Data ownership is also critical to enable farmers and agri-SMEs to develop greater empowerment and agency in the value chains they operate. Increasingly, agri-SMEs would appreciate the value of this data in enabling access to finance, developing new business opportunities, and meeting legal obligations. This is already being seen in many member and partner projects, as evidenced by the AMEA case studies. For instance, AMEA member Cordaid’s  STARS program supported financial service providers (FSPs) to use an Agricultural Credit Assessment Tool (ACAT), which equips non-agricultural credit staff to assess finance risk in select agricultural value chains. ACAT works best when farmer organisations (FOs) have credible data to provide to FSPs. This was partially addressed by the introduction of a Harvest Tracking Tool. Also, AMEA members IFC, IDH, Cordaid, and Glimmer all used SCOPEinsight tools, which enabled agri-SMEs and RuSACCOs to plan their next phase of development.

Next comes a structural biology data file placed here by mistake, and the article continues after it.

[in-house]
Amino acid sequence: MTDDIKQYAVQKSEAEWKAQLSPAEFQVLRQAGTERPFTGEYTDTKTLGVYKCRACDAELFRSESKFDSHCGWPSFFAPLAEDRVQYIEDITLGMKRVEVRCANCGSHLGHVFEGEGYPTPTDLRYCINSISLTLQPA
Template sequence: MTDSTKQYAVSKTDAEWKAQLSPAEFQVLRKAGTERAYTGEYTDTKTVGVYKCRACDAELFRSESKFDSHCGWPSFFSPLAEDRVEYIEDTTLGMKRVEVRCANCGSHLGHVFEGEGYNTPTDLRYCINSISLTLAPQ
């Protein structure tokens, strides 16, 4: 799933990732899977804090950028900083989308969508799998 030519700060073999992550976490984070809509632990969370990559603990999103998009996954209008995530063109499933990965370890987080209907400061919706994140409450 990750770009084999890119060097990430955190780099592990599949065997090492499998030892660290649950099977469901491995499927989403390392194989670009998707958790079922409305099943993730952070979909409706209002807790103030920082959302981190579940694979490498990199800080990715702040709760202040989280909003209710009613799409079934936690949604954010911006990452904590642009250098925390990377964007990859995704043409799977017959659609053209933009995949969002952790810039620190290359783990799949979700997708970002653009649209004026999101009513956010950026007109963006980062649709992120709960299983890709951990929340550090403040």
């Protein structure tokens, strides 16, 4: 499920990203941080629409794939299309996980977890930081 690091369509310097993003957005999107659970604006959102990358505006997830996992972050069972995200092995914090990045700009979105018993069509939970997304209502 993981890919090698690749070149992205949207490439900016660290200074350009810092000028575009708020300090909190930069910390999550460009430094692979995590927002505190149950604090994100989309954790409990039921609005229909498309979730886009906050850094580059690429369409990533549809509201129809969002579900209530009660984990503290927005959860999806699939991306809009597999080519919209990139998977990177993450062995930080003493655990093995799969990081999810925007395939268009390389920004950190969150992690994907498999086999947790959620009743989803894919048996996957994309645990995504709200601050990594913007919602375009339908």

What tools could enable farmers or agri-SMEs to collect and control their own data?

AMEA promotes the use of assessment tools as part of our peer-reviewed Toolbox.  We recommend that the ecosystem supporting farmers and agri-SMEs use these tools as part of an integrated approach to generate large-scale data.